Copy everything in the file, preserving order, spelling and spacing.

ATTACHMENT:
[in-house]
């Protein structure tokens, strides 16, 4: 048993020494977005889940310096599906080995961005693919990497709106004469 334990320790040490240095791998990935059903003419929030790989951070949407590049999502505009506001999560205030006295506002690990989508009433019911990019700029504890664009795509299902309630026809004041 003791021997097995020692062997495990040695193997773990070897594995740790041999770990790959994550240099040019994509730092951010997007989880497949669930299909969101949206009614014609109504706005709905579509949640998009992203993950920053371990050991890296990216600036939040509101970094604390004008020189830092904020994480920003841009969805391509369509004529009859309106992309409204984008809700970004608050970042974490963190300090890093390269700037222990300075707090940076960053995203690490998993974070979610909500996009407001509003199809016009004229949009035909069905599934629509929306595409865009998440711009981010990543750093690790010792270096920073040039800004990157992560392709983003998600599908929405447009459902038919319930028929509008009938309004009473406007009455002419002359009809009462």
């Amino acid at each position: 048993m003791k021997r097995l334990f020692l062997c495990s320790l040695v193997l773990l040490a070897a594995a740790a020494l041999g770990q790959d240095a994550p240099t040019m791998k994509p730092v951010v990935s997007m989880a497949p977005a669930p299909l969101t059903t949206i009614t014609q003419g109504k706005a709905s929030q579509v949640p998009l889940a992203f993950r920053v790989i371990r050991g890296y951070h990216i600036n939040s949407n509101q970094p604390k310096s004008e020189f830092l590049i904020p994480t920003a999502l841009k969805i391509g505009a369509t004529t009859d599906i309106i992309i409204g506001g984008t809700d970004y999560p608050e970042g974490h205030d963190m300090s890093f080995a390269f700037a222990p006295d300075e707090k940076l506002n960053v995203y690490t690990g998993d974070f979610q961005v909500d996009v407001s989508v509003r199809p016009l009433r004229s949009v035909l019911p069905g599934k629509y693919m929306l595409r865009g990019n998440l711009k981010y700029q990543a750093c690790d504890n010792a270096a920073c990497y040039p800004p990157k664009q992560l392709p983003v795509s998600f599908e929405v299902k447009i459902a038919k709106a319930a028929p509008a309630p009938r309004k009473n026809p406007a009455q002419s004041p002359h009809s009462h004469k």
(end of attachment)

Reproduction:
[in-house]
């Protein structure tokens, strides 16, 4: 048993020494977005889940310096599906080995961005693919990497709106004469 334990320790040490240095791998990935059903003419929030790989951070949407590049999502505009506001999560205030006295506002690990989508009433019911990019700029504890664009795509299902309630026809004041 003791021997097995020692062997495990040695193997773990070897594995740790041999770990790959994550240099040019994509730092951010997007989880497949669930299909969101949206009614014609109504706005709905579509949640998009992203993950920053371990050991890296990216600036939040509101970094604390004008020189830092904020994480920003841009969805391509369509004529009859309106992309409204984008809700970004608050970042974490963190300090890093390269700037222990300075707090940076960053995203690490998993974070979610909500996009407001509003199809016009004229949009035909069905599934629509929306595409865009998440711009981010990543750093690790010792270096920073040039800004990157992560392709983003998600599908929405447009459902038919319930028929509008009938309004009473406007009455002419002359009809009462």
């Amino acid at each position: 048993m003791k021997r097995l334990f020692l062997c495990s320790l040695v193997l773990l040490a070897a594995a740790a020494l041999g770990q790959d240095a994550p240099t040019m791998k994509p730092v951010v990935s997007m989880a497949p977005a669930p299909l969101t059903t949206i009614t014609q003419g109504k706005a709905s929030q579509v949640p998009l889940a992203f993950r920053v790989i371990r050991g890296y951070h990216i600036n939040s949407n509101q970094p604390k310096s004008e020189f830092l590049i904020p994480t920003a999502l841009k969805i391509g505009a369509t004529t009859d599906i309106i992309i409204g506001g984008t809700d970004y999560p608050e970042g974490h205030d963190m300090s890093f080995a390269f700037a222990p006295d300075e707090k940076l506002n960053v995203y690490t690990g998993d974070f979610q961005v909500d996009v407001s989508v509003r199809p016009l009433r004229s949009v035909l019911p069905g599934k629509y693919m929306l595409r865009g990019n998440l711009k981010y700029q990543a750093c690790d504890n010792a270096a920073c990497y040039p800004p990157k664009q992560l392709p983003v795509s998600f599908e929405v299902k447009i459902a038919k709106a319930a028929p509008a309630p009938r309004k009473n026809p406007a009455q002419s004041p002359h009809s009462h004469k």